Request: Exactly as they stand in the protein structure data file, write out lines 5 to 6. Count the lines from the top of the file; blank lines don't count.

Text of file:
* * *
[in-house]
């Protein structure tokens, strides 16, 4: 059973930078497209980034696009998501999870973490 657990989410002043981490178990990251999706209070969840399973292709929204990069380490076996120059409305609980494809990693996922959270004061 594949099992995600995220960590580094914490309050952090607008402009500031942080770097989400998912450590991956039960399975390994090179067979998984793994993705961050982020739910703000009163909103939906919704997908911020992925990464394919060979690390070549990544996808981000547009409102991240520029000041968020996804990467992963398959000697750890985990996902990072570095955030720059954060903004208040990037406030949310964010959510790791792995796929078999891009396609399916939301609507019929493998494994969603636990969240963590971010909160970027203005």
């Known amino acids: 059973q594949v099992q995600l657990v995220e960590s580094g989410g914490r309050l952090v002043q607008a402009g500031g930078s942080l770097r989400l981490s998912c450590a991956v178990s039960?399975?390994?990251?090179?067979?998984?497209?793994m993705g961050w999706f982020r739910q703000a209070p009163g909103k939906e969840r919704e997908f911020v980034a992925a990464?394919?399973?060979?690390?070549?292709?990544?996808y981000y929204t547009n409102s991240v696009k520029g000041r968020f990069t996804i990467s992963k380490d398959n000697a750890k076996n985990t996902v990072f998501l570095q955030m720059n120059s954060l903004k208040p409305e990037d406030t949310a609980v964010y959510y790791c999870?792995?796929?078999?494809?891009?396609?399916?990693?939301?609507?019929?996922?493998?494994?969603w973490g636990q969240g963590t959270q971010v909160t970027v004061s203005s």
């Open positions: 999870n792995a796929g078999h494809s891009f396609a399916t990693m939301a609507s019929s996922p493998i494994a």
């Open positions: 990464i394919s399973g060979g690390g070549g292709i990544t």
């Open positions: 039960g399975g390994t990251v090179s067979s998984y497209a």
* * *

């Open positions: 990464i394919s399973g060979g690390g070549g292709i990544t």
């Open positions: 039960g399975g390994t990251v090179s067979s998984y497209a």